Unique Pictures at the St. Louis Exhibition … 36
We Have Others … 252
Weak Negatives, Getting Good Lantern Slides from … 223
What our Contemporaries Say … 73
What is Legitimate Trading — Some Curses and their Cure … 275
Winter Work … 53
Wonderful Bioscope, A … 111
Word of Praise, A … 12

Though this is a highly welcome offering, it does highlight the sad fact that it is currently the only historical British film journal available online. Two theatre-based journals with plenty of information on silent films, The Era (up to 1900 only) and The Stage, are available online, though both require a subscription. A project from a few years ago by the University of East Anglia to tackle The Kinematograph and Lantern Weekly (the journal which succeeded The Optical Lantern and Cinematograph Journal in 1907) was a disappointing flop, with no digitised pages, only a very incomplete index for the 1890s, early 1915, 1943-mid-1954 and 1955-1971. And that’s it.

Cartoon from The Optical Lantern and Cinematograph Journal (p. 261) by journal editor Theodore Brown at the time of a crisis in the industry when Pathé introduced film on the British market at a price of five pence per foot, at a time when the standard rate was six pence. Brown’s cartoon shows Robert Paul asking the question “What’s your proposition, Charlie?” to a cigar-smoking Charles Urban. Others depicted include Cecil Hepworth (far right) and A.C. Bromhead (centre), while Brown himself is the figure with a moustache in the background

There were three main film trade journals in Britain for the silent era: The Bioscope, The Cinema and The Kinematograph Weekly, while Picturegoer was the main fan jounal. There were many other journals of abiding interest- the British Library provides a listing of the British and Irish film journals that it holds, which is eye-opening in its great variety. Titles include The Film Censor, The Film Renter, The Irish Limelight, The Picture Palace News, and Rinking World and Picture Theatre News (roller skating rinks and cinemas were closely allied around 1909-10, as many rinks were converted into cinemas).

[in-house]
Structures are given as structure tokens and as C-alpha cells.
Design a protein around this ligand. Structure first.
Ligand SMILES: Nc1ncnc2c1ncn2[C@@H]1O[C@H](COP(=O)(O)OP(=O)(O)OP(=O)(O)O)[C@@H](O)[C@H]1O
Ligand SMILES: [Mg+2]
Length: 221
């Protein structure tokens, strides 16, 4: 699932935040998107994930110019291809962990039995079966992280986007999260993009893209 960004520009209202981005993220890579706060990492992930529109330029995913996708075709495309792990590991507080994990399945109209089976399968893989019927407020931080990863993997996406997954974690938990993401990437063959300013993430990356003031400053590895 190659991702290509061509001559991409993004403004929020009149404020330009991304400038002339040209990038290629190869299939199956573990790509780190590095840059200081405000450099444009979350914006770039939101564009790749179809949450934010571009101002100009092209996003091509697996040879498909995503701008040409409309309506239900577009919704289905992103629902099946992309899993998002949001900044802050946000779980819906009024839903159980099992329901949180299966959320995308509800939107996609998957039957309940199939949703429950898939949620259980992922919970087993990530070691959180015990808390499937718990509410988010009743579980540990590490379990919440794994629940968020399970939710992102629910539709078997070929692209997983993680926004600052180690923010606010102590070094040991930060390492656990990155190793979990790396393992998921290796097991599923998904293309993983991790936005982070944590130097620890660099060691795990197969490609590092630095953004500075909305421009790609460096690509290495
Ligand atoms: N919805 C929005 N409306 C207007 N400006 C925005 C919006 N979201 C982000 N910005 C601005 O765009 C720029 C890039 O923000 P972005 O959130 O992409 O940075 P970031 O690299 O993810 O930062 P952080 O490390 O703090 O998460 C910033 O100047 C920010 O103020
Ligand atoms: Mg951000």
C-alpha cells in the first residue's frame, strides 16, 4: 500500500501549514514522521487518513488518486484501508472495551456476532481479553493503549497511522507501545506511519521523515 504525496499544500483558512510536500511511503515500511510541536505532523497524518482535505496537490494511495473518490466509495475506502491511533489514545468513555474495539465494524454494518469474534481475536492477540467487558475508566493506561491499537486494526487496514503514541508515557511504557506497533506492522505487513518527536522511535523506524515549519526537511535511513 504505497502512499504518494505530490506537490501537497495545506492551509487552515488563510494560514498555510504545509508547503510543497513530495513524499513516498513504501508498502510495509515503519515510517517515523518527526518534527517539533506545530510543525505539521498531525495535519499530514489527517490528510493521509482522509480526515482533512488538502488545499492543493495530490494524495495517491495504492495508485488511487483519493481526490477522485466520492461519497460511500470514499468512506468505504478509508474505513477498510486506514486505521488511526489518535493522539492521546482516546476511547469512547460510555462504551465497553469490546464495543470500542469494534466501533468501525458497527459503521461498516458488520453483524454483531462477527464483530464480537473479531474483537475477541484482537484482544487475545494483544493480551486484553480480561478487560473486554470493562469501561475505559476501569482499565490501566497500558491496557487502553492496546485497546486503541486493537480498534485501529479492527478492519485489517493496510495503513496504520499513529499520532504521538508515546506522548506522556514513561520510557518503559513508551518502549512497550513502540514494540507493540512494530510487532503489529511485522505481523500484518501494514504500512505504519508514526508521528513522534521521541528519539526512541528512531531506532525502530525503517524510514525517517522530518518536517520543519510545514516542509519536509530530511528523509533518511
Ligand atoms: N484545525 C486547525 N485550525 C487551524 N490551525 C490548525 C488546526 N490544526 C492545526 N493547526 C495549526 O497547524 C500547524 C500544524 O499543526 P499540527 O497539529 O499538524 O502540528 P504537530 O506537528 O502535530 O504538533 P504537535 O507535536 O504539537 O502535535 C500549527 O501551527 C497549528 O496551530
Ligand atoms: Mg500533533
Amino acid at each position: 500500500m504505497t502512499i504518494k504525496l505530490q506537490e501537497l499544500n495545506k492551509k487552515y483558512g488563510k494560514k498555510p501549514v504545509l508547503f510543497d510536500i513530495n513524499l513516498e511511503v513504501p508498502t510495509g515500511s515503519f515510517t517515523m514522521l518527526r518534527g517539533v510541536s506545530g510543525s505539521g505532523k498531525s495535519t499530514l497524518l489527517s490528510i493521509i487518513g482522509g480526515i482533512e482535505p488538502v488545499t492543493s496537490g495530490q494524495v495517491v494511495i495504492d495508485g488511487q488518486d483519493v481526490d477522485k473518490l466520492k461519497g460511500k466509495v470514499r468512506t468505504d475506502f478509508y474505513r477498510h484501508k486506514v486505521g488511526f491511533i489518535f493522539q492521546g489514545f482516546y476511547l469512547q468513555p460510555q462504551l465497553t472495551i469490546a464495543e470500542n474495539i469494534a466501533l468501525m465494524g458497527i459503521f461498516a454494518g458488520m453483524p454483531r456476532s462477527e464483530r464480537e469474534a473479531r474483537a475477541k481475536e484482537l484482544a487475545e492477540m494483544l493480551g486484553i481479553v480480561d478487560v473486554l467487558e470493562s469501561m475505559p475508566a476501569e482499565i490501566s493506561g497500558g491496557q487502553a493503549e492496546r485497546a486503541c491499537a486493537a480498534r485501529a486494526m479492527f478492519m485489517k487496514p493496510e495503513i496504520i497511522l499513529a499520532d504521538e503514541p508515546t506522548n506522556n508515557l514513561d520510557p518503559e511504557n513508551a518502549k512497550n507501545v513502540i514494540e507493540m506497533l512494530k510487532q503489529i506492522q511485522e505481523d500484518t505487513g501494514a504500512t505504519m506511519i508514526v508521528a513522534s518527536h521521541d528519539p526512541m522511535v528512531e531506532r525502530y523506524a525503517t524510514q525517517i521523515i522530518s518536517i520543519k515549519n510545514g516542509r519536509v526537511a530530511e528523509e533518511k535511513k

Other countries have done so much better. Either through private enterprise, or through the dedicated endeavours of film institutes or national libraries, a good selection of film journals for the silent era is now available from Italy (the leader, thanks to the remarkable efforts of the Museo Nazionale del Cinema), France (courtesy of the national library’s Gallica website), USA (private enterprise and the Internet Archive) and Brazil (courtesy of the Biblioteca Digital das Artes do Espetaculo), with one-offs from Austria, Sweden, Spain and others.

The reason the UK has done so badly so far is partly down to no money, and partly down to copyright laws which effectively put the 20th century out of bounds for the time being (the British Library, for example, has made the decision that it will only digitise from its newspaper and journal collections up to 1900, to be on the safe side). There are research council funds available for an academic able to put together a persuasive bid, but there has been no success there as yet bar the Kinematograph Weekly project which – it has to be said – did things so badly that it may have queered the pitch for any other project hoping to digitise film journals.

The UK is not the only country with such a poor record (Germany, anyone?), but the lack of enterprise shown so far is profoundly disappointing. So, as things stands, we have one year of one journal, and that made available through the Internet Archive. How are we going to do better that this?

Bioscope Newsreel no. 29

Part of DVD cover for Metropolis, from Ain’t it Cool News

We’re publishing a little infrequently at present, both the regular posts and the newsreel, but the main thing is that we’re still publishing. Here’s a round-up of some of the recent silent news and events coming up.

Morodor’s Metropolis
The silent film version that many love to hate, while for others it is the version that was a welcome introduction to silents, is to come out on Blu-Ray. Electro-disco composer Giorgio Moroder’s score for Metropolis came out in 1984, and was controversial both for presenting a cut-down version (80mins) and for throwing pop songs on top of it (Freddy Mercury sings “Love Kills”, Pat Benatar sings “Here’s my Heart” – yep, it’s the 1980s). It’s become something of a cult favourite and now Kino are bringing it out theatrically in October and on Blu-Ray late 2011 or early 2012. Read more.

One-minute wonders
The Toronto Urban Film Festival (known as TUFF) brings new one-minute silent films, entered in competition, to be seen by 1.3 million daily commuters on the ONESTOP TTC subway platform screens. This year the guest judge for the festival is Atom Egoyan. It runs 9-18 September, and there are examples of some of the truly ingenious and creative videos submitted on the festival site. Read more.

Silents in New Zealand